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Lord Falconer wants probe into claim Tories offered peerages to Brexit Party

Lord Falconer said the claims made by Nigel Farage were “exceptionally serious allegations”.

Former shadow justice secretary Lord Falconer (PA)
Former shadow justice secretary Lord Falconer (PA)

By Catherine Wylie and Gavin Cordon, PA

A senior peer has written to the Metropolitan Police Commissioner and Director of Public Prosecutions calling for a probe into claims the Tories offered peerages to senior Brexit Party figures in a bid to get them to stand aside in the General Election.

Lord Falconer said the “exceptionally serious allegations” should be investigated as a matter of urgency, and must be looked at by police in order to maintain public confidence in the integrity of the election.

The Labour former lord chancellor’s letter to Dame Cressida Dick and Max Hill QC refers to Nigel Farage’s claim that he and eight other senior figures within the Brexit Party were offered peerages.

Mr Farage has claimed he had repeatedly been offered a seat in the House of Lords in an attempt to persuade him to “go quietly”.

He said that when that failed, people working “deep inside Number 10” had tried to bypass him, going directly to senior Brexit Party figures and suggesting eight of them could be made peers if they could persuade him to withdraw more of his candidates.

Lord Falconer wrote: “I wish to raise with you as a matter of urgency a number of recent reports in which senior figures in the Brexit Party have alleged that some of their candidates had been approached by the Conservative Party in an effort to persuade them to withdraw their candidacies from the upcoming General Election.”

He added: “I believe these allegations raise serious questions about the integrity of the upcoming General Election, and in particular whether senior individuals at CCHQ or No. 10 have breached two sections of the Representation of the People Act 1983.”

He then cites the parts of the Act which refers to “bribery” and “corruptly”, inducing or procuring someone to withdraw from being a candidate at an election.

Lord Falconer said that as breaches of the 1983 Act may have taken place, he is “formally requesting that the Director of Public Prosecutions do institute the necessary investigations and commence such prosecutions as he sees fit”.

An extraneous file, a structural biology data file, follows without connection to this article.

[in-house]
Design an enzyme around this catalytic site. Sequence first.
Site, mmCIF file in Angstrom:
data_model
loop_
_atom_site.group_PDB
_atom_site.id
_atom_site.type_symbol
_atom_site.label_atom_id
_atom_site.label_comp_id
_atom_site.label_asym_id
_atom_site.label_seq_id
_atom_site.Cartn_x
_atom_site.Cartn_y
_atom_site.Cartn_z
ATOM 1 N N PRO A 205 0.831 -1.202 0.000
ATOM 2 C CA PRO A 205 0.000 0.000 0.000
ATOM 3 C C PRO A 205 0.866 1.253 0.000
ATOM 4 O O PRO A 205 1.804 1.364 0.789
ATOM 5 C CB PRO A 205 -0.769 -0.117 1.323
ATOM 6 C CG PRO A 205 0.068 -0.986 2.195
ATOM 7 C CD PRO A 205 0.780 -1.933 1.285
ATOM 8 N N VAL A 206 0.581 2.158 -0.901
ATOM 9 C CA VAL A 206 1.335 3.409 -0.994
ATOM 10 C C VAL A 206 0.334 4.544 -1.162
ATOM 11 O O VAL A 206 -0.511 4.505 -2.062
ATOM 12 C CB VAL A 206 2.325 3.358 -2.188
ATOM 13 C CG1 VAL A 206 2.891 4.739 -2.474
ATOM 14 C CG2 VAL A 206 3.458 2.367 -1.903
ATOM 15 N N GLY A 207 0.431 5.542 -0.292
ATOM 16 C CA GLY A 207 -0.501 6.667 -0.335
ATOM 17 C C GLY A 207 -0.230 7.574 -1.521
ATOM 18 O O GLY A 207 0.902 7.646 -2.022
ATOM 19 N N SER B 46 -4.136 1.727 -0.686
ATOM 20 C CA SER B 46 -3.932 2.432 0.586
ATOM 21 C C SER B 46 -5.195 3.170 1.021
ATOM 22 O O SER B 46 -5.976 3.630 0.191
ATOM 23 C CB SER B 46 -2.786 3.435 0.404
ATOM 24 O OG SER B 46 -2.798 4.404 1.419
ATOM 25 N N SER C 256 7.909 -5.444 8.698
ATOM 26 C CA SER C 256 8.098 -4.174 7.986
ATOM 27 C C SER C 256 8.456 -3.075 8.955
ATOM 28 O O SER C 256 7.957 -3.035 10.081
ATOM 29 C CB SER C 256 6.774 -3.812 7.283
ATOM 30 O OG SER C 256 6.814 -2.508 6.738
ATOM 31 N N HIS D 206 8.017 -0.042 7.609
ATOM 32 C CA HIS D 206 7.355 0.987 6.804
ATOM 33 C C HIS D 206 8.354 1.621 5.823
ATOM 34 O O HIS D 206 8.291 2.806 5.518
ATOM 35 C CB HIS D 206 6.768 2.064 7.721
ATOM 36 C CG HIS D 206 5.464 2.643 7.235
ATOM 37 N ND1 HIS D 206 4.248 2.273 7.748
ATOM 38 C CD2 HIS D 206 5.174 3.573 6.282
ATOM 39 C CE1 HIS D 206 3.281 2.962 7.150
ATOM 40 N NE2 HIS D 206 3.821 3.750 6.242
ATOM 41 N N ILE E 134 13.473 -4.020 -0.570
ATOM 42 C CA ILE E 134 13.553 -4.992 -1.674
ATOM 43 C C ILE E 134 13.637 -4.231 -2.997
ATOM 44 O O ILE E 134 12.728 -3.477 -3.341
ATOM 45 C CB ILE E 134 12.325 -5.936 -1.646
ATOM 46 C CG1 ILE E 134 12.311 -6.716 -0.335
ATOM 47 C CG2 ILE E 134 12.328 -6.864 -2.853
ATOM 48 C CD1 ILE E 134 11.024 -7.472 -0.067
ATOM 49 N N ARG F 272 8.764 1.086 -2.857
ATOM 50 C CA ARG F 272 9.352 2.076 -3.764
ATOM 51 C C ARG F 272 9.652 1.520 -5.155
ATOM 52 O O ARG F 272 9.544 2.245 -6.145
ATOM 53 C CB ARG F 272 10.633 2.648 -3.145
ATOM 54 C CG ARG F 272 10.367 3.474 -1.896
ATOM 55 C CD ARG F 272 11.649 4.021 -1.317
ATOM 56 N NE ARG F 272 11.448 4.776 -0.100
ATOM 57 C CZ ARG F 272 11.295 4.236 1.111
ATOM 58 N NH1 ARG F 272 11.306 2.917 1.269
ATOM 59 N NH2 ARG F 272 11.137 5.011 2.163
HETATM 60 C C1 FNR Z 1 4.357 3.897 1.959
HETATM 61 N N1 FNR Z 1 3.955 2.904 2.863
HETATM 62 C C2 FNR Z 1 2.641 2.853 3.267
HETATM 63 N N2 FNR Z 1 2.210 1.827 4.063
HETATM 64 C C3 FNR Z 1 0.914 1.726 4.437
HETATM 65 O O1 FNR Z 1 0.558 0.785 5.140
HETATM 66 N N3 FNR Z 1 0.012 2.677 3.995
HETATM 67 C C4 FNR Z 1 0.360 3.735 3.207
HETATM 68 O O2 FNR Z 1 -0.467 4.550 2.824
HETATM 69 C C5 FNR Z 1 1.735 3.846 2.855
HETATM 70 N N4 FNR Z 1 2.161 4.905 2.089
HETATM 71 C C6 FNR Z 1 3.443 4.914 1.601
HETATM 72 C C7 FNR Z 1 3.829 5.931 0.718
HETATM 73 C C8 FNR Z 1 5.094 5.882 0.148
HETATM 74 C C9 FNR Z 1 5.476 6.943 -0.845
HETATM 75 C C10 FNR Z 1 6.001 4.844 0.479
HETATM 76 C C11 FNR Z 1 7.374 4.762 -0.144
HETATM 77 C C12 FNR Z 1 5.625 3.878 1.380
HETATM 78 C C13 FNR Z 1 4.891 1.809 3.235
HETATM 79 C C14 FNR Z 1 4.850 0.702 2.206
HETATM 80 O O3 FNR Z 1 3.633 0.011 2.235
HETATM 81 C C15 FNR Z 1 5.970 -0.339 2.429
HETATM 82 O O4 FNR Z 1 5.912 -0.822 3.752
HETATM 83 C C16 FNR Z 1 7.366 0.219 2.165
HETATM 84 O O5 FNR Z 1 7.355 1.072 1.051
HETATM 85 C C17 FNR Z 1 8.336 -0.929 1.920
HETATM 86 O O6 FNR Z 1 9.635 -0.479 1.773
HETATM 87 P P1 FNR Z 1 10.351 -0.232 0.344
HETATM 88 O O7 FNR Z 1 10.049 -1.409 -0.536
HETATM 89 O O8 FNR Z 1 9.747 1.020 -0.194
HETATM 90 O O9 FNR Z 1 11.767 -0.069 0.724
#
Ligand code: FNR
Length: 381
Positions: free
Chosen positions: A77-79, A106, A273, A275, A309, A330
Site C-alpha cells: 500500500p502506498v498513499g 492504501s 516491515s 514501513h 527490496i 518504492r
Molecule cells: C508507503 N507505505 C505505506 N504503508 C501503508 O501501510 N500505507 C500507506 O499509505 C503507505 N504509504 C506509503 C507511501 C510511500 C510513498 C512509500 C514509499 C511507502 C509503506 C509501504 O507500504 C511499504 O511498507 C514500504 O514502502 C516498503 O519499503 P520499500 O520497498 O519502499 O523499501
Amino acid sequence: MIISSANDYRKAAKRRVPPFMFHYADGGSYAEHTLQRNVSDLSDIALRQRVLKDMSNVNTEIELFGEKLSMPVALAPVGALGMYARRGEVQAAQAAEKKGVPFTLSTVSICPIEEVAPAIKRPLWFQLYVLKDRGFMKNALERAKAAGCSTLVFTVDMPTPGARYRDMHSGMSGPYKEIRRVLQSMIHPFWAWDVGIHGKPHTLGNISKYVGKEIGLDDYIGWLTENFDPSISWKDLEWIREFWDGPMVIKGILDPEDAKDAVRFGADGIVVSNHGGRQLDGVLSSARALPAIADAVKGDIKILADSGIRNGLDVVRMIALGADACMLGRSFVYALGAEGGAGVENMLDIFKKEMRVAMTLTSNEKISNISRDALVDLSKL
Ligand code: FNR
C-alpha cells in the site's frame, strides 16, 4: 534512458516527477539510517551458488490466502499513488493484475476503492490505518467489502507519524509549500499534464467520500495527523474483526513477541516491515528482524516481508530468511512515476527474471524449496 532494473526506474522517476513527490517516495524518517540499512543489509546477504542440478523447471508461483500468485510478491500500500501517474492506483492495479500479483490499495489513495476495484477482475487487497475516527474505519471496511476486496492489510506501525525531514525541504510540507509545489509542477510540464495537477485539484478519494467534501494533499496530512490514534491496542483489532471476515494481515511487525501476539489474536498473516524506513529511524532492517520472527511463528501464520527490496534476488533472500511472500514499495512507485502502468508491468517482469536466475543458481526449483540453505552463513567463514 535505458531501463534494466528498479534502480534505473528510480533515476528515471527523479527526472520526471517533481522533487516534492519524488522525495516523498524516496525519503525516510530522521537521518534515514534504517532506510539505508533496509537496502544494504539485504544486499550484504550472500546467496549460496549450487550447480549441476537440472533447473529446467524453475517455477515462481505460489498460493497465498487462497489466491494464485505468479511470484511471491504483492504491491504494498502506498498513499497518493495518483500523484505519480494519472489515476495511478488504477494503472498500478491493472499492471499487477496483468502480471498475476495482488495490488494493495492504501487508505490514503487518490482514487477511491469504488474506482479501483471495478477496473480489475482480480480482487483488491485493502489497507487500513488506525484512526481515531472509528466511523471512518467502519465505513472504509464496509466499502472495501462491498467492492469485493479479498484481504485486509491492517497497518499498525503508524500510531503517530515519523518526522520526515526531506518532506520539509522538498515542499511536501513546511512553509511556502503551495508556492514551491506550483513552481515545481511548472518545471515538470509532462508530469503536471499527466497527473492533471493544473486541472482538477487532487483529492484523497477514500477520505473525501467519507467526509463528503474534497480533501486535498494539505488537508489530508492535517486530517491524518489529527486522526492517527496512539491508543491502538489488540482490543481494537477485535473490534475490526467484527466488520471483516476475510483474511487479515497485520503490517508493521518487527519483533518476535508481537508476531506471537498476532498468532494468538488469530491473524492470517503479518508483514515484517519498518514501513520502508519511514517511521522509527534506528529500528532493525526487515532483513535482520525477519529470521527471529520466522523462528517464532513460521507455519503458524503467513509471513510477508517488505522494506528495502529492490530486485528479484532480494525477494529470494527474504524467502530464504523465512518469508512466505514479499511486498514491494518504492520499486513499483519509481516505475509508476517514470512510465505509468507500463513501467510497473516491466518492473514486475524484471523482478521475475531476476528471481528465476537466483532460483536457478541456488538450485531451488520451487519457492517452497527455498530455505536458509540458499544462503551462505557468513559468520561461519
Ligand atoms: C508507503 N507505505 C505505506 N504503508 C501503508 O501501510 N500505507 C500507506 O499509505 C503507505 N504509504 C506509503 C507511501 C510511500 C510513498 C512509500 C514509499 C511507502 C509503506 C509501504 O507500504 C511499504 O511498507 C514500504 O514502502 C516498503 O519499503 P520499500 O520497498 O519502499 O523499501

The Prime Minister acknowledged that there may have been “conversations” between senior Tories and people in the Brexit Party, but flatly denied there had been any offers of peerages, saying that was “just not the way we operate”.

Lord Falconer said: “These are exceptionally serious allegations which the DPP must, in accordance with his statutory duty, fully investigate as a matter of urgency.

“In addition, in order to maintain public confidence in the integrity of our electoral processes and this election, it is crucial that the Metropolitan Police also examine these accusations.”

The row came amid growing pressure on Mr Farage in the run-up to the close of nominations on Thursday to stand down Brexit Party candidates in all but a few dozen constituencies to avoid splitting the pro-Leave vote.

The Brexit Party leader had already said they would not contest the 317 seats which the Conservatives had won in the 2017 election.

However, senior Tories warned that he was risking the chance of a pro-Brexit majority in the next parliament by continuing to run candidates in key marginals which the Conservatives are aiming to take from Labour.

Suspicions that individual Brexit Party candidates were coming under pressure to stand aside were heightened after the prospective candidate for Dudley North announced he would not be running.

Rupert Lowe, a Brexit Party MEP and former chairman of Southampton FC, revealed his decision as nominations were closing – meaning it was too late for the party to put forward an alternative.

In a video posted on Twitter, Mr Farage said there had been “a concerted attempt from people who work deep inside Number 10 Downing Street” to ensure the Brexit Party did not field candidates in seats the Tories were targeting.

Lord Falconer’s letter includes a mention of Ann Widdecombe, the former Tory MP now standing for the Brexit Party in Plymouth Sutton and Devonport.

Ms Widdecombe said she was offered a role in the Brexit negotiations if she was prepared to stand aside.

She declined to say who she had spoken to, although she said it was not Mr Johnson or his senior advisers Dominic Cummings and Sir Edward Lister.

A tweet from Mr Farage, which mentioned Sir Edward, said: “Even Boris Johnson’s Chief Strategic Adviser Sir Edward Lister is calling our candidates and offering them jobs if they withdraw. The system is corrupt and broken.”

PA

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